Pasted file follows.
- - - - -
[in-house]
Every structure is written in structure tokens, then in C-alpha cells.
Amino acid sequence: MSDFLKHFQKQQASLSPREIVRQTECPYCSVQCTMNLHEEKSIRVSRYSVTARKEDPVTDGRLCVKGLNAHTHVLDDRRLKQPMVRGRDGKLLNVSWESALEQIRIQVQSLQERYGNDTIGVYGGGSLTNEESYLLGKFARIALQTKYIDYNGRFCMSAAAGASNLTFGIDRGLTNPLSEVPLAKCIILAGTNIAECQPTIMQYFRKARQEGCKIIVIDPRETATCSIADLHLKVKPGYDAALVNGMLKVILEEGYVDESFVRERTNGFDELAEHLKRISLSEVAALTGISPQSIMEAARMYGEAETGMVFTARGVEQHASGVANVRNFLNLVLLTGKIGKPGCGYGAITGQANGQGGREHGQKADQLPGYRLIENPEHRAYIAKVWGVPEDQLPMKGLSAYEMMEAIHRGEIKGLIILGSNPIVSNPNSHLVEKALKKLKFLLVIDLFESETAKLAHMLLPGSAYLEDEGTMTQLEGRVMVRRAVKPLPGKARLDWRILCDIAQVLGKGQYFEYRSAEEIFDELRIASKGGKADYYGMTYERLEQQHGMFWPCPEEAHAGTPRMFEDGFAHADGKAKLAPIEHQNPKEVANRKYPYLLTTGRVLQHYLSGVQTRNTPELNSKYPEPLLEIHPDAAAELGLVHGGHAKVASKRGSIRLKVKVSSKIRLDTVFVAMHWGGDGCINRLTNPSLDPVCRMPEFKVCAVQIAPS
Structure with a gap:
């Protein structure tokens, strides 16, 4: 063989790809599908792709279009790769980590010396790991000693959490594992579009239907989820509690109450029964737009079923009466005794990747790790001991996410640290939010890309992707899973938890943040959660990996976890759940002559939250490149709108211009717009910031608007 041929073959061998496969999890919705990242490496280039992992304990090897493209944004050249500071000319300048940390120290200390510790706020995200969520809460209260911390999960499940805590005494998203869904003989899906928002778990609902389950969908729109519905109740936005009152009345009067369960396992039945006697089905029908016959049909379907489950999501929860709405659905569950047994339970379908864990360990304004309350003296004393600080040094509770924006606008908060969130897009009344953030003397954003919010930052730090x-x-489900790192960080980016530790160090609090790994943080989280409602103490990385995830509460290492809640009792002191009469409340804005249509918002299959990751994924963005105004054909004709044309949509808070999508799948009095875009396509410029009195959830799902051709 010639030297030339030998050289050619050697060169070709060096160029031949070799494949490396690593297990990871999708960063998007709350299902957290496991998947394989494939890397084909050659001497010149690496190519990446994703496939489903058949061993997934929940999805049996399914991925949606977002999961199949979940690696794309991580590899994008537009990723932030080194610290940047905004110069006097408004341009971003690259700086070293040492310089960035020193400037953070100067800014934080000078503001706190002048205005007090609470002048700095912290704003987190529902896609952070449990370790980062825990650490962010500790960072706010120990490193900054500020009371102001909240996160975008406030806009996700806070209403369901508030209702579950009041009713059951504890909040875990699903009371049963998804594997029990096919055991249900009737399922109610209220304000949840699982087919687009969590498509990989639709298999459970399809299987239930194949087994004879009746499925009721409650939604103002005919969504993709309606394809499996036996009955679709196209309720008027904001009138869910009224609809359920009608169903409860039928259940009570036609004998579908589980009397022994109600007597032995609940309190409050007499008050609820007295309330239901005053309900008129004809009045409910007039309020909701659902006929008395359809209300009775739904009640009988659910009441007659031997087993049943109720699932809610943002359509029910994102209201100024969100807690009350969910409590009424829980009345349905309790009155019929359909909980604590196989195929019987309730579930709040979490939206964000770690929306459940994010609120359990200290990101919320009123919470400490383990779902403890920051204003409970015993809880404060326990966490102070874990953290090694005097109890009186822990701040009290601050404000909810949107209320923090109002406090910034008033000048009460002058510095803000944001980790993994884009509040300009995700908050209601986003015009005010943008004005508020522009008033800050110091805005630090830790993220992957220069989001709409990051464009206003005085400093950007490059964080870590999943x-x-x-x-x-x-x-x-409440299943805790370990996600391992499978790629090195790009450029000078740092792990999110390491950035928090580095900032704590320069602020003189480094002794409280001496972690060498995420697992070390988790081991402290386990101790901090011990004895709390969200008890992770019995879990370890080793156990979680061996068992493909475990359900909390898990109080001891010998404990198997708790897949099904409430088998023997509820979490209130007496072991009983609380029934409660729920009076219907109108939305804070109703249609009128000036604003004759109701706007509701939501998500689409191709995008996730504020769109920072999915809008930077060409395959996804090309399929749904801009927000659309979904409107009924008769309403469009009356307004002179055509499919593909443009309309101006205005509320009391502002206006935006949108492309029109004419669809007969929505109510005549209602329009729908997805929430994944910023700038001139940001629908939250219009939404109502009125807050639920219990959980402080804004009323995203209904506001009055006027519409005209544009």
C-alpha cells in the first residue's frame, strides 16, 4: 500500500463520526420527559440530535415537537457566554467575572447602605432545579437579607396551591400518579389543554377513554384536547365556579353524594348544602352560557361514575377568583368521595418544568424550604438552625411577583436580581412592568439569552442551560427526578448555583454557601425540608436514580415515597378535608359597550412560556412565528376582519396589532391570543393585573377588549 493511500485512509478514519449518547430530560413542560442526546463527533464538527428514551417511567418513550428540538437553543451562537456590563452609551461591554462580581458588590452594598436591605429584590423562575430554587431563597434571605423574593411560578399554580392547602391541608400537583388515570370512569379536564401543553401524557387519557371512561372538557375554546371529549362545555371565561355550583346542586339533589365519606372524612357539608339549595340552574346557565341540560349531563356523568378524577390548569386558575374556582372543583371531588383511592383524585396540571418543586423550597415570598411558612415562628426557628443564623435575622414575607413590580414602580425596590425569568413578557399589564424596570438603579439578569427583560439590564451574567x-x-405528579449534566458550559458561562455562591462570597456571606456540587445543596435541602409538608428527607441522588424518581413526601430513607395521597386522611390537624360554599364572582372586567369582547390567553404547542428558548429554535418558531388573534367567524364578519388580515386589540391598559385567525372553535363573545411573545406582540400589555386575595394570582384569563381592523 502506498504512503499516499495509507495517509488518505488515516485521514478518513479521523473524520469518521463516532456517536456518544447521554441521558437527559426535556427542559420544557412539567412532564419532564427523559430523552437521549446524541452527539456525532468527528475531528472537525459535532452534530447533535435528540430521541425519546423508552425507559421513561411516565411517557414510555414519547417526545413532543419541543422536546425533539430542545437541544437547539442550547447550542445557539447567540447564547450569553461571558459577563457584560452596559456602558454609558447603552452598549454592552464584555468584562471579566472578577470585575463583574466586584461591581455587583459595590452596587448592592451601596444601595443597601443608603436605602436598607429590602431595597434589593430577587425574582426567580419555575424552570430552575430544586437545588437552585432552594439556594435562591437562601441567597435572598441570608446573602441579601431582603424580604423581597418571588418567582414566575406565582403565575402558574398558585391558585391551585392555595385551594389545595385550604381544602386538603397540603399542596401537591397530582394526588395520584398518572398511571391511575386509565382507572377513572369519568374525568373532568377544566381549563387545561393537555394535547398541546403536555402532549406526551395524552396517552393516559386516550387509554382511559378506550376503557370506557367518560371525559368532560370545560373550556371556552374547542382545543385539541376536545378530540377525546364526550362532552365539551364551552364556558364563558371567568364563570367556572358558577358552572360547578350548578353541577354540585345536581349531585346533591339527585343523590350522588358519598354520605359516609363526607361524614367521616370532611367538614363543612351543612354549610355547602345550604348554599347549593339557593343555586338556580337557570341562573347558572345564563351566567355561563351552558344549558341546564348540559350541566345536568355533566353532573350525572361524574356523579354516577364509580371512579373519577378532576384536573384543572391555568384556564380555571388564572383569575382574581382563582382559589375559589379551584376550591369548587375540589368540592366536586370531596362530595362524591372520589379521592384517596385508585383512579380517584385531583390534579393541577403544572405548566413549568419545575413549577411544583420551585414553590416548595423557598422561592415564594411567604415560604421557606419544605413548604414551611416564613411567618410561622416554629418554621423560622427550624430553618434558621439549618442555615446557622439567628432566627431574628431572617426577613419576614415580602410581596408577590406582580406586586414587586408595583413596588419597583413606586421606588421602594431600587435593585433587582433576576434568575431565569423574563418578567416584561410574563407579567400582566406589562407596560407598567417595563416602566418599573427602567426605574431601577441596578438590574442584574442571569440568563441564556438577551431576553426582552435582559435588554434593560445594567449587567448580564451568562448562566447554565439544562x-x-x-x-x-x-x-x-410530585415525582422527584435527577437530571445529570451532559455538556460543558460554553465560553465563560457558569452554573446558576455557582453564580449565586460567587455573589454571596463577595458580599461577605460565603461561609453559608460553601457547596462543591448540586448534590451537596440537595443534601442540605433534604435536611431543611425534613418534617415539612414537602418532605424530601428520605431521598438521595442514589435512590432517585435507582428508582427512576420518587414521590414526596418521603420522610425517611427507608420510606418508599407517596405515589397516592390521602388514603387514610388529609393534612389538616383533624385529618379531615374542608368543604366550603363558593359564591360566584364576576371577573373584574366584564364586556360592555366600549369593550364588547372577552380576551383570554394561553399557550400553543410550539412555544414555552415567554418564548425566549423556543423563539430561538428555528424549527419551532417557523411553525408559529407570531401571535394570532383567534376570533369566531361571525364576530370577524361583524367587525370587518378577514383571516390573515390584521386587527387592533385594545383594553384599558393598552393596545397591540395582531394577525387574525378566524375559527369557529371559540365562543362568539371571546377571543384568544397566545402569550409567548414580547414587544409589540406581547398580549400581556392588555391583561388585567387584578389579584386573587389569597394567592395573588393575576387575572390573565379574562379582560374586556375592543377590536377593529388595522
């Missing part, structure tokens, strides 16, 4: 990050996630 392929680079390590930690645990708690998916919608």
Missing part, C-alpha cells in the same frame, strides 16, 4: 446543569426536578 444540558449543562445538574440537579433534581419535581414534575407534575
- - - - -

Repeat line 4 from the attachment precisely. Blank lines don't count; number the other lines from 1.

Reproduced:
Structure with a gap: